Thursday, August 30, 2012

'Tomatoes are Christian,' Egyptian Salafi group warns

This will never fly in Turkey, where tomatoes are such a staple of life, but is interesting none the less:

A Salafi group called the "Popular Egyptian Islamic Association" has warned Muslims against eating tomatoes on the grounds that the fruit is a "Christian food," has reported. 
The group based its claim on the fact that a shape resembling a cross is revealed when one cuts a tomato in half. 
The association published the warning on its Facebook page with a photo of a tomato cut in half, revealing a cross-shaped interior. 

A message posted on the page read, "Eating tomatoes is forbidden because they are Christian. [The tomato] praises the cross instead of Allah and says that Allah is three [in reference to the Holy Trinity]."
The message went on to say, "I implore you to spread this photo because there is a sister from Palestine who saw the Prophet of Allah in a vision and he was crying, warning his nation against eating [tomatoes]. If you don’t spread this [message], know that it is the devil who stopped you.”

Sunday, August 26, 2012

Bell-tower of Armenian church in Turkey back after 97 years

The bell-tower of Surp Giragos Armenian Church in Diyarbakır, Turkey, is set to return to use after a 97-year interval, with a new bell made in Russia, Hurriyet Daily News reported.

As part of repair and restoration work at the Surp Giragos Church a new bell was made in Moscow, and has been delivered to Diyarbakır. The bronze bell weighs 100 kilograms, and will ring from the bell-tower beginning at its reopening ceremony on November 4.

Wednesday, August 22, 2012

How far will new Constitution protect freedom of religion or belief?

Turkey's Constitutional Reconciliation Commission (AUK) has begun the drafting a new Constitution. But the political parties represented on the AUK have not reached a consensus on freedom of religion or belief, Forum 18 News Service notes. What are the implications of the new Constitution's possible omission of parts of Turkey's international religious freedom commitments, affecting for example religious education, conscientious objection, and the neutrality of the state? The scope of constitutional guarantees of religious freedom in Turkey should not be limited by the boundaries of the AKP government. Constitutional provisions must reflect the provisions on religious freedom in Turkey's international human rights commitments.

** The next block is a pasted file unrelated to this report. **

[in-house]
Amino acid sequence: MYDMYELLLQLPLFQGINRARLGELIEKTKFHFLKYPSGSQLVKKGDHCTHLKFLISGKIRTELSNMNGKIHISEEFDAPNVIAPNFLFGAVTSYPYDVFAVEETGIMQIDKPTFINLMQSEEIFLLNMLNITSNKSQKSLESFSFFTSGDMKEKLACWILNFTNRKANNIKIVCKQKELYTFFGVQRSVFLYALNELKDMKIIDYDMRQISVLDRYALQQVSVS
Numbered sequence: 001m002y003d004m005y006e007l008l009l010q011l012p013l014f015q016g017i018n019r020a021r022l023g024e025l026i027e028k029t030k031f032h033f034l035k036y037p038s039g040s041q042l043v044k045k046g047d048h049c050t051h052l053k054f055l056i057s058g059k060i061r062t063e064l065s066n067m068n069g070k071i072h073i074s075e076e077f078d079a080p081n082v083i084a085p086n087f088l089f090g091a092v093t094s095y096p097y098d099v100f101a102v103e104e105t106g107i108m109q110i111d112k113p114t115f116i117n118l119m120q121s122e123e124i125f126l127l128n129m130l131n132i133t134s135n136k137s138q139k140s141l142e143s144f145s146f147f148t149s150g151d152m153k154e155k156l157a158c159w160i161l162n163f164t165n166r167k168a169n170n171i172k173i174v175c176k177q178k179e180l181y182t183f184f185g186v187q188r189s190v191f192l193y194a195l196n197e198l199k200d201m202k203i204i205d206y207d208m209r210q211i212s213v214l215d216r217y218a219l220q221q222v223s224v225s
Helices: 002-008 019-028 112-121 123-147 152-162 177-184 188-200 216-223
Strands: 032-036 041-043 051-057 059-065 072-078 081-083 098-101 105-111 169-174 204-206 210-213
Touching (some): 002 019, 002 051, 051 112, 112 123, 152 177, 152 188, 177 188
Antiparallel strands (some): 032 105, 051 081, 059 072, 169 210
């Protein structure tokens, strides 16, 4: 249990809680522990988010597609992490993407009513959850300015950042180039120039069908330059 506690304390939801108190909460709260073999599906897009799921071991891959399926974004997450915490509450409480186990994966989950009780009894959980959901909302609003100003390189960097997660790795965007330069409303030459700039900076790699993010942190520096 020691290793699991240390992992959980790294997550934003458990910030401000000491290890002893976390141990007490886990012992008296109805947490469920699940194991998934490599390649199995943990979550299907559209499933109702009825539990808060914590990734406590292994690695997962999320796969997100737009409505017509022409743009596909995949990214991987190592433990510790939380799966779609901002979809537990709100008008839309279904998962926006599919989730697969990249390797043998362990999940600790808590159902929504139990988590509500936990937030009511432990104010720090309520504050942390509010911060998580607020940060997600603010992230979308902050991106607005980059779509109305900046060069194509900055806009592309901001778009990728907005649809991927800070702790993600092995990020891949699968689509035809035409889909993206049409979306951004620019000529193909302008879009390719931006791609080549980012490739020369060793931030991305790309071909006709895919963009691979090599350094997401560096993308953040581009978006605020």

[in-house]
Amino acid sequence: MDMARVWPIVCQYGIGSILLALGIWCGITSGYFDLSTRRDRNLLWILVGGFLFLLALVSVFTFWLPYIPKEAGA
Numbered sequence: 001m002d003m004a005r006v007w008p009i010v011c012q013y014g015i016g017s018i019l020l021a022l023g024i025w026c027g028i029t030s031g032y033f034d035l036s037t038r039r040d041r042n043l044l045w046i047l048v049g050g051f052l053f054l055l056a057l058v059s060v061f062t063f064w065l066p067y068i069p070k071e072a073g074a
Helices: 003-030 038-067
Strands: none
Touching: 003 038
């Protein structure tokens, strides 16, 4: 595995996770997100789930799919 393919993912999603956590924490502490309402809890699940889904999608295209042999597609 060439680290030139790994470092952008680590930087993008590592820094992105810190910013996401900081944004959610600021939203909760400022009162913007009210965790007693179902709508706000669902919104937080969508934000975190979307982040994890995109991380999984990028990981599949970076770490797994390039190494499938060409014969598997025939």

Saturday, August 18, 2012

Turks in Germany are Religious, but Favor Integration

When news hit the headlines this spring that Salafists in Germany were handing out free Korans in city centers across the country, the outcry was immediate. Politicians called for the campaign to be banned, journalists wrote extensively about Salafist radicalism and even the publishing house printing the free Korans distanced itself.

One group of people living in Germany, however, was not nearly as put off by the promotion. According to a new survey among those of Turkish descent living in the country, almost two-thirds of those aged between 15 and 29 consider the distribution of the Koran to be "good" or "very good," and one-third of them would donate money to the cause.

The result, says Holger Liljeberg, who heads Info GmbH, the company that conducted the survey, "could be the result of a resurgence among young people of religious values from their parents' homeland." Liljeberg, however, warned against concluding that the survey results -- based on interviews with 1,011 people of Turkish heritage in Germany over the age of 15 -- indicate a trend toward radicalization. Indeed, even as the number of those who identify themselves as strictly religious is rising (from 33 percent in 2009 to 37 percent this year), so too is the share of immigrants who wish to integrate completely into German society.

The willingness of Turkish migrants and their descendents to integrate into German society remains high and is climbing. Whereas 70 percent said in 2010 that they want to "absolutely and without reservations integrate into German society," the new survey found that 78 percent of respondents agreed. Similarly, whereas 59 percent said two years ago that they wanted to belong to German society, 75 percent say so now. Fully 95 percent say that all children with Turkish backgrounds should go to day care facilities so as to learn German prior to entering school.

Overall, the survey released on Friday paints an image of a Turkish community in Germany that is split between a trend toward increased religiosity, particularly among the younger generations, and a desire to fit into German society. For example, whereas only 8 percent of those surveyed said they were in favor of purely Turkish-language elementary schools for children with Turkish backgrounds, 62 percent (up from 40 percent in 2010) said they prefer hanging out with fellow Turks.